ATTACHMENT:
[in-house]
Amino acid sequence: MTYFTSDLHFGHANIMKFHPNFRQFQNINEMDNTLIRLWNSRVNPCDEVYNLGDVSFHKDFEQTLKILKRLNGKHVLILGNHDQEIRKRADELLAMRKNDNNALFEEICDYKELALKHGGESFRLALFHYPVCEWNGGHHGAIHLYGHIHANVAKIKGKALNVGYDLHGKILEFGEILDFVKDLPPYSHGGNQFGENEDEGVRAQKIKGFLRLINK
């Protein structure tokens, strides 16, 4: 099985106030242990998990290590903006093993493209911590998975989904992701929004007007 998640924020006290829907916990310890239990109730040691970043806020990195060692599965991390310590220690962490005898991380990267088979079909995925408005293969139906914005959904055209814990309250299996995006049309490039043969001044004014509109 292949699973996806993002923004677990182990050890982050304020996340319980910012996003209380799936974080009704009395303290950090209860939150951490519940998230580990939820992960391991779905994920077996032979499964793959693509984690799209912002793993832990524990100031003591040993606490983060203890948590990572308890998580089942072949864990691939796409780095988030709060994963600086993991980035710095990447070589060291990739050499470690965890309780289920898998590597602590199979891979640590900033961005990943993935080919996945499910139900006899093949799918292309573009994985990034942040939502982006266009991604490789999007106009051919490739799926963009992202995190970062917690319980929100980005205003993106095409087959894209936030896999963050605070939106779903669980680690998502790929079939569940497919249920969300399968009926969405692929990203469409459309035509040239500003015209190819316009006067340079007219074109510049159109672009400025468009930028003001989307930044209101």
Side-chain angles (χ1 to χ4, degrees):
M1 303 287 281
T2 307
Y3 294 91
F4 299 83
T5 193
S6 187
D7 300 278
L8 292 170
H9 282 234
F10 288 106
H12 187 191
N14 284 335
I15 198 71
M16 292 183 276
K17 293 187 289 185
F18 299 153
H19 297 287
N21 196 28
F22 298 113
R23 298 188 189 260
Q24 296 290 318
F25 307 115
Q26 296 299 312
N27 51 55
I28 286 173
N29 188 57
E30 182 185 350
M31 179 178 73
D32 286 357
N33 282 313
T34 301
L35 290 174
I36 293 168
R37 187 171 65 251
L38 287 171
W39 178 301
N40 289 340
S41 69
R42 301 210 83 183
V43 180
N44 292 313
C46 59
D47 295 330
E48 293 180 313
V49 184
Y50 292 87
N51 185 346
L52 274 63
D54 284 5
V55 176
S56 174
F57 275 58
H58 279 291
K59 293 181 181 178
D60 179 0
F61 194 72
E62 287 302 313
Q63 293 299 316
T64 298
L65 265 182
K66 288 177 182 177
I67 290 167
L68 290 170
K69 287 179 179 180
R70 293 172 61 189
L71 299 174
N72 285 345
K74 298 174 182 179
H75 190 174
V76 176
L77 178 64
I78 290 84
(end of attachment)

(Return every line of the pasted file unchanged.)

[in-house]
Amino acid sequence: MTYFTSDLHFGHANIMKFHPNFRQFQNINEMDNTLIRLWNSRVNPCDEVYNLGDVSFHKDFEQTLKILKRLNGKHVLILGNHDQEIRKRADELLAMRKNDNNALFEEICDYKELALKHGGESFRLALFHYPVCEWNGGHHGAIHLYGHIHANVAKIKGKALNVGYDLHGKILEFGEILDFVKDLPPYSHGGNQFGENEDEGVRAQKIKGFLRLINK
């Protein structure tokens, strides 16, 4: 099985106030242990998990290590903006093993493209911590998975989904992701929004007007 998640924020006290829907916990310890239990109730040691970043806020990195060692599965991390310590220690962490005898991380990267088979079909995925408005293969139906914005959904055209814990309250299996995006049309490039043969001044004014509109 292949699973996806993002923004677990182990050890982050304020996340319980910012996003209380799936974080009704009395303290950090209860939150951490519940998230580990939820992960391991779905994920077996032979499964793959693509984690799209912002793993832990524990100031003591040993606490983060203890948590990572308890998580089942072949864990691939796409780095988030709060994963600086993991980035710095990447070589060291990739050499470690965890309780289920898998590597602590199979891979640590900033961005990943993935080919996945499910139900006899093949799918292309573009994985990034942040939502982006266009991604490789999007106009051919490739799926963009992202995190970062917690319980929100980005205003993106095409087959894209936030896999963050605070939106779903669980680690998502790929079939569940497919249920969300399968009926969405692929990203469409459309035509040239500003015209190819316009006067340079007219074109510049159109672009400025468009930028003001989307930044209101």
Side-chain angles (χ1 to χ4, degrees):
M1 303 287 281
T2 307
Y3 294 91
F4 299 83
T5 193
S6 187
D7 300 278
L8 292 170
H9 282 234
F10 288 106
H12 187 191
N14 284 335
I15 198 71
M16 292 183 276
K17 293 187 289 185
F18 299 153
H19 297 287
N21 196 28
F22 298 113
R23 298 188 189 260
Q24 296 290 318
F25 307 115
Q26 296 299 312
N27 51 55
I28 286 173
N29 188 57
E30 182 185 350
M31 179 178 73
D32 286 357
N33 282 313
T34 301
L35 290 174
I36 293 168
R37 187 171 65 251
L38 287 171
W39 178 301
N40 289 340
S41 69
R42 301 210 83 183
V43 180
N44 292 313
C46 59
D47 295 330
E48 293 180 313
V49 184
Y50 292 87
N51 185 346
L52 274 63
D54 284 5
V55 176
S56 174
F57 275 58
H58 279 291
K59 293 181 181 178
D60 179 0
F61 194 72
E62 287 302 313
Q63 293 299 316
T64 298
L65 265 182
K66 288 177 182 177
I67 290 167
L68 290 170
K69 287 179 179 180
R70 293 172 61 189
L71 299 174
N72 285 345
K74 298 174 182 179
H75 190 174
V76 176
L77 178 64
I78 290 84